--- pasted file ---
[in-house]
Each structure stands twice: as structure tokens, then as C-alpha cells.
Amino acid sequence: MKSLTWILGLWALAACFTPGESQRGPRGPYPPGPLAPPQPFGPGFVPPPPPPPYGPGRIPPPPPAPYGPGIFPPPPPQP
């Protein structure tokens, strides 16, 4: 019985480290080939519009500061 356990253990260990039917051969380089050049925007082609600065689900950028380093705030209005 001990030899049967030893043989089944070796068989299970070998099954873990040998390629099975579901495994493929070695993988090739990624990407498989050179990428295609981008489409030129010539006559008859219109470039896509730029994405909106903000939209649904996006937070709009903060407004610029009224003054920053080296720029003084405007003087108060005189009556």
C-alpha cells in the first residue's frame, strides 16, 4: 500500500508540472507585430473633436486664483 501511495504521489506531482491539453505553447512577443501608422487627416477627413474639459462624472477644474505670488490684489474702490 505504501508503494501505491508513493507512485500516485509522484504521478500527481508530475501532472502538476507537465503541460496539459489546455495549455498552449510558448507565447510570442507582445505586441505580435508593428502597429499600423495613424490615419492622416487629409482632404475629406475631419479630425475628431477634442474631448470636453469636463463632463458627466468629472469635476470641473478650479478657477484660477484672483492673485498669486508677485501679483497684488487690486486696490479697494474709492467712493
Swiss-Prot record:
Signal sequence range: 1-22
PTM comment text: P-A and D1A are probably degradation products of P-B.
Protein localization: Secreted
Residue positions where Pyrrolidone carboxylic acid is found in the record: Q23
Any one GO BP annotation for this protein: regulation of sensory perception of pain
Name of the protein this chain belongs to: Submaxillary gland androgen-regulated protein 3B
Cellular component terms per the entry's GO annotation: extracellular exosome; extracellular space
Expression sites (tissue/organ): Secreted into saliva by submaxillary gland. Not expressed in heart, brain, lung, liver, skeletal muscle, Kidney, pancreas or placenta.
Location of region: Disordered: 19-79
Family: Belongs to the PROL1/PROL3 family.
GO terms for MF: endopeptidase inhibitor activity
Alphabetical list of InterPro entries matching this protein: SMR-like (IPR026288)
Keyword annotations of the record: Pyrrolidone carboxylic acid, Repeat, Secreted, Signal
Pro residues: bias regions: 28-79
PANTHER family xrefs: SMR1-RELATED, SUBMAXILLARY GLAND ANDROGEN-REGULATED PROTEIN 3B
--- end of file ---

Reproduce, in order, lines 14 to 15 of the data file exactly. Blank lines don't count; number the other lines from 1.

Expression sites (tissue/organ): Secreted into saliva by submaxillary gland. Not expressed in heart, brain, lung, liver, skeletal muscle, Kidney, pancreas or placenta.
Location of region: Disordered: 19-79